Background Inhaled corticosteroids (ICS) are the mainstay of asthma treatment, but evidence suggests a link between ICS usage and increased rates of respiratory infections. We assessed the composition of the asthmatic airways microbiome in asthma patients taking low and high dose ICS and the stability of the microbiome over a 2 week period. Methods We prospectively recruited 55 individuals with asthma. Of these, 22 were on low-dose ICS and 33 on high-dose ICS (16 on budesonide, 17 on fluticasone propionate). Sputum from each subject underwent DNA extraction, amplification and 16S rRNA gene sequencing of the bacterial component of the microbiome. 19 subjects returned for further sputum induction after 24 h and 2 weeks. Results A total of 5,615,037 sequencing reads revealed 167 bacterial taxa in the asthmatic airway samples, with the most abundant being Streptococcus spp. No significant differences in sputum bacterial load or overall community composition were seen between the low- and high-dose ICS groups. However, Streptococcus spp. showed significantly higher relative abundance in subjects taking low-dose ICS (p = 0.002). Haemophilus parainfluenzae was significantly more abundant in subjects on high-dose fluticasone propionate than those on high-dose budesonide (p = 0.047). There were no statistically significant changes in microbiota composition over a 2-week period. Discussion Whilst no significant differences were observed between the low- and high-dose ICS groups, increased abundance of the potential pathogen H. parainfluenzae was observed in patients taking high-dose fluticasone propionate compared to those taking high-dose budesonide. The microbiota were stable over fourteen days, providing novel evidence of the established community of bacteria in the asthmatic airways.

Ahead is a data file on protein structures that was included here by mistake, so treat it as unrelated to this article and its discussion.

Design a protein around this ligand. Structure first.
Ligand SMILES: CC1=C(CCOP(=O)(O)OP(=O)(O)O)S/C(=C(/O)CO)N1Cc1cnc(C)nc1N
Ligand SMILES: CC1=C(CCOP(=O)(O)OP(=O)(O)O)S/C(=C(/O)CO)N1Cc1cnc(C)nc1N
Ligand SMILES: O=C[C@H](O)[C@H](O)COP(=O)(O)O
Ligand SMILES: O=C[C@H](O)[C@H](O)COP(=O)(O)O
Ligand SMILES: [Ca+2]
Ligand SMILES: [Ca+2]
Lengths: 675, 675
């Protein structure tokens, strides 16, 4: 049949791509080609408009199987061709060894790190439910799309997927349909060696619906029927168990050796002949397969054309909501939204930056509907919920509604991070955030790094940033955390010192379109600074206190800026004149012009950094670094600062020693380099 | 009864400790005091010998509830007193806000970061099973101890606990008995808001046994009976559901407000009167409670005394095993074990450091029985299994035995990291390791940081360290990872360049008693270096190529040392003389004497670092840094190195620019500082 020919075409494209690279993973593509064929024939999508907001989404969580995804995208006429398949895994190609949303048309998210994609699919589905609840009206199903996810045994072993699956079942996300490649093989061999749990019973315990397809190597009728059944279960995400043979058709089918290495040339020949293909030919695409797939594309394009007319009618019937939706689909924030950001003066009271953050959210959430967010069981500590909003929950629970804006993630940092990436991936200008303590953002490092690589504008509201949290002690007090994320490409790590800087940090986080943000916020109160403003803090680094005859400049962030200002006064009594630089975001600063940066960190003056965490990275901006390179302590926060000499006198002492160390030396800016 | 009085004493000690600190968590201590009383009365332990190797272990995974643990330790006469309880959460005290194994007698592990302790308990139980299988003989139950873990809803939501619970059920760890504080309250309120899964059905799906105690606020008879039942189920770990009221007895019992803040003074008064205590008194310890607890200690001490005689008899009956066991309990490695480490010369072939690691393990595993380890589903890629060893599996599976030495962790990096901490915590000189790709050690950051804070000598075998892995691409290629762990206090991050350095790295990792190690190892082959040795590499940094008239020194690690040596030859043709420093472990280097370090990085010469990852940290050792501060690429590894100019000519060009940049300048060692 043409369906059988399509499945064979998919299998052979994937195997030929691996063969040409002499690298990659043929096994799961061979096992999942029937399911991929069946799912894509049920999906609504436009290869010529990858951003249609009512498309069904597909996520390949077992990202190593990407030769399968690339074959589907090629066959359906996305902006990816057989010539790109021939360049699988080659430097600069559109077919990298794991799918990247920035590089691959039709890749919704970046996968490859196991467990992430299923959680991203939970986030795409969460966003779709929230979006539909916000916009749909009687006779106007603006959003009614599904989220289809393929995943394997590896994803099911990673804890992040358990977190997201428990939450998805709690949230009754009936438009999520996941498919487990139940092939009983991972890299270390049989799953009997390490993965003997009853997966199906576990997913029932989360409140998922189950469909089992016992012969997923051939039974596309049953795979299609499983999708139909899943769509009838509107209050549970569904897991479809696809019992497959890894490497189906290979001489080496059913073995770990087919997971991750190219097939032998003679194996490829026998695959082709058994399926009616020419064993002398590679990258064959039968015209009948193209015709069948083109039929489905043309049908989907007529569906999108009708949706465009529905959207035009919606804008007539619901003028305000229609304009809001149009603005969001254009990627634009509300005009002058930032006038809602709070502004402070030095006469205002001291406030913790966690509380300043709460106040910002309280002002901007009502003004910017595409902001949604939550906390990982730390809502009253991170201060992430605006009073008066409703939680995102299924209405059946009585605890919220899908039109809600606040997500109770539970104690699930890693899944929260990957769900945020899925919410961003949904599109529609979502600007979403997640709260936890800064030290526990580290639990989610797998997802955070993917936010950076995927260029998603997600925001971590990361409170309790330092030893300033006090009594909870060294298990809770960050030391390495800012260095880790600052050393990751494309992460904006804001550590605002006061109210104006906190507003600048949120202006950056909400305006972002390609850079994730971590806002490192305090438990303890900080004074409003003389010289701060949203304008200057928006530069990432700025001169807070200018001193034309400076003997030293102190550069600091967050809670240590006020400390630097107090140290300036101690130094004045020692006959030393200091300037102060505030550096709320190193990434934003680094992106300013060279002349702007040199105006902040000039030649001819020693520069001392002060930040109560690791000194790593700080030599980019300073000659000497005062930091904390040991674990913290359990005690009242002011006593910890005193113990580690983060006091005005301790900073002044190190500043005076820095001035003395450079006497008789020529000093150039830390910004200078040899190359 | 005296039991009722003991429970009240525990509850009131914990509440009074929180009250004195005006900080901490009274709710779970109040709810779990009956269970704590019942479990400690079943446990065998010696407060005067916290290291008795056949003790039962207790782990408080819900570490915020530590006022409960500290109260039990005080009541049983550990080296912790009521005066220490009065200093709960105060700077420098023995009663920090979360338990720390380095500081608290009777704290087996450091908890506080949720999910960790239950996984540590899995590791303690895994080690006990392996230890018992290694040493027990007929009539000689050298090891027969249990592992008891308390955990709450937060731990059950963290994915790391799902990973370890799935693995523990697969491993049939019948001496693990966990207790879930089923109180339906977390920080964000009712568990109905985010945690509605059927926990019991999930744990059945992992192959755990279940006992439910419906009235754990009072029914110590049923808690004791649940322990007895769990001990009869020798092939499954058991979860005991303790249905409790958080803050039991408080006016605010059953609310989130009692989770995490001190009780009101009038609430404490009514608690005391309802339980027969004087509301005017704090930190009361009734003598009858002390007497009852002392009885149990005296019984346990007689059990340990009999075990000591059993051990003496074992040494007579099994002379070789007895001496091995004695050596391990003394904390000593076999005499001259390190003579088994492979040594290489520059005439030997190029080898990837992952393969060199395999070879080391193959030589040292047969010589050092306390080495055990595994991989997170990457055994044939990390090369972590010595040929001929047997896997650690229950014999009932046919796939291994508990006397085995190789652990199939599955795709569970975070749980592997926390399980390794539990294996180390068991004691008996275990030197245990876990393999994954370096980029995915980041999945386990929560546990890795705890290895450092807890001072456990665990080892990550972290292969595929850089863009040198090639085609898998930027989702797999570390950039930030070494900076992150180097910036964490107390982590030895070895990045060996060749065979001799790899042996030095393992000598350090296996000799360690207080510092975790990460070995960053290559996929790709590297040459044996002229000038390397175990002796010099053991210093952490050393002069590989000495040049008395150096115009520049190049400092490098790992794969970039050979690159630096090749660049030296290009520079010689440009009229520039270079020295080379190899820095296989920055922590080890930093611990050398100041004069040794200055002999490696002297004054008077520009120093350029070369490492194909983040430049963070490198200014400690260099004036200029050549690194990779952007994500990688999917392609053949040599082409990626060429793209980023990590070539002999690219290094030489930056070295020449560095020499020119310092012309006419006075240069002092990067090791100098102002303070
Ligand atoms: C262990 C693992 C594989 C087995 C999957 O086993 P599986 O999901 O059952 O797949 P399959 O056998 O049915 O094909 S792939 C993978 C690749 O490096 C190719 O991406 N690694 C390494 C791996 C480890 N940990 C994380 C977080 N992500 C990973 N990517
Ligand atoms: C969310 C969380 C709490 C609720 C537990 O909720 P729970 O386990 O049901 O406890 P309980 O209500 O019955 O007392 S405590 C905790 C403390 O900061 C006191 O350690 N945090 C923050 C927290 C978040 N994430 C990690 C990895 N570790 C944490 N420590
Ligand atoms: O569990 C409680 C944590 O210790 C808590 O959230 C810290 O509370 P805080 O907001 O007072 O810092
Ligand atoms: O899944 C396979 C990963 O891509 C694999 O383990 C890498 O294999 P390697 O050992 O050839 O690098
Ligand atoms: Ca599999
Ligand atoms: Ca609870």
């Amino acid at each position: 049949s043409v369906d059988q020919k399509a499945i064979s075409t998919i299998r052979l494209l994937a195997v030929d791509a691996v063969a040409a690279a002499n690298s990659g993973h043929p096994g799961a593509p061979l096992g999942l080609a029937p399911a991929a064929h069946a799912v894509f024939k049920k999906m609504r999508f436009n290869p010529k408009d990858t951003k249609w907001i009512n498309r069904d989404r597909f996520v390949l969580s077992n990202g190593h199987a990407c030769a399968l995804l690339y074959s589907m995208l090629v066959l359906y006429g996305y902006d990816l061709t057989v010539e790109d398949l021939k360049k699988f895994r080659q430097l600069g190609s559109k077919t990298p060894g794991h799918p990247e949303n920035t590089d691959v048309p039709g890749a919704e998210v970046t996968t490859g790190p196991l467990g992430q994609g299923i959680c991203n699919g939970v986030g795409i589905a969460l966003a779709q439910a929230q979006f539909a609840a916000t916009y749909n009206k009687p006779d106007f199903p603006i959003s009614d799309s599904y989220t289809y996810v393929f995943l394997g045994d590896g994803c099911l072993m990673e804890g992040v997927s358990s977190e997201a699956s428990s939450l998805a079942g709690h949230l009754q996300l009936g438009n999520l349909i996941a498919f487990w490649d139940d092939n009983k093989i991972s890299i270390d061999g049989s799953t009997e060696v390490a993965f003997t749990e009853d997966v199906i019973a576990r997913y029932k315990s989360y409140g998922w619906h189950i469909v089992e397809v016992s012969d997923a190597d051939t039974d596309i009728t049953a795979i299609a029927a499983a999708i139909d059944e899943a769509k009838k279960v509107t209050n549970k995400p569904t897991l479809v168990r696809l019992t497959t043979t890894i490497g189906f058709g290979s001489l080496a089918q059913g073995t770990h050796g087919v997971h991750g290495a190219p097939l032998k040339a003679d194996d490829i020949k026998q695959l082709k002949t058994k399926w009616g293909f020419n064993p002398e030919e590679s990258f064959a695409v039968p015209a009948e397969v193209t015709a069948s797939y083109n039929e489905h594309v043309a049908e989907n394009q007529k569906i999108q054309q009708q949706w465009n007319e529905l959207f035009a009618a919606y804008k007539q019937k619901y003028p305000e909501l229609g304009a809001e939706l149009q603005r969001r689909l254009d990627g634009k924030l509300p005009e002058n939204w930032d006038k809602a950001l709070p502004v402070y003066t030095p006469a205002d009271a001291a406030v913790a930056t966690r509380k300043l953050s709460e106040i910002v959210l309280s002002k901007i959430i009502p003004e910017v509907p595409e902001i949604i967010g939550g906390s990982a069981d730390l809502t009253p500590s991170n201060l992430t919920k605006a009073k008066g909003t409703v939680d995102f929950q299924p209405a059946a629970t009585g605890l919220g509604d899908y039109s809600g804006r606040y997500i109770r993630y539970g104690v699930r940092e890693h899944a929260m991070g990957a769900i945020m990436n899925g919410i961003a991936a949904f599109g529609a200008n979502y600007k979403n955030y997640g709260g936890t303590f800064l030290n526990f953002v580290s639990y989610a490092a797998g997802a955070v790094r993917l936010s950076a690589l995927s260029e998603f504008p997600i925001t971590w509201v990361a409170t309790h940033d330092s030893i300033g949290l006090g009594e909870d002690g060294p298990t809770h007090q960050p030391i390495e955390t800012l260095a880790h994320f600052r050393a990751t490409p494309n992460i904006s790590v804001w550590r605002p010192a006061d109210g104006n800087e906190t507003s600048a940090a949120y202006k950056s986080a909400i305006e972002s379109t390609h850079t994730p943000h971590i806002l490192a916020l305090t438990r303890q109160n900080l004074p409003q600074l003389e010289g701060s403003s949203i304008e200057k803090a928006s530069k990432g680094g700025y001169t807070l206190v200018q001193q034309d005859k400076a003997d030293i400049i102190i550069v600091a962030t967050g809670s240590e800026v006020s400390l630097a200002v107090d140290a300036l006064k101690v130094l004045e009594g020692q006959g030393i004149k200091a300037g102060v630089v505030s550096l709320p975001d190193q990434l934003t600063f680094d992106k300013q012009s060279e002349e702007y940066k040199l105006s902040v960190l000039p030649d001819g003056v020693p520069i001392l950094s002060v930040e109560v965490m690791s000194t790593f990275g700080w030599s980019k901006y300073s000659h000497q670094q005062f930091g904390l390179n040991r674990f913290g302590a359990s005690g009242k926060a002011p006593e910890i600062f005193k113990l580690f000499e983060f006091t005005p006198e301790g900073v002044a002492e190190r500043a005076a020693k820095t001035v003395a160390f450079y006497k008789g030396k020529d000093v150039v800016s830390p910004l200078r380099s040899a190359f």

Bibliographical noteFunding Information:
Funding: This investigator-initiated study was funded by an unrestricted research grant from AstraZeneca. The funders had no role in study design, data collection and analysis, decision to publish, or preparation of the manuscript
Copyright: © 2020 Martin et al. This is an open access article distributed under the terms of the Creative Commons Attribution License, which permits unrestricted use, distribution, and reproduction in any medium, provided the original author and source are credited.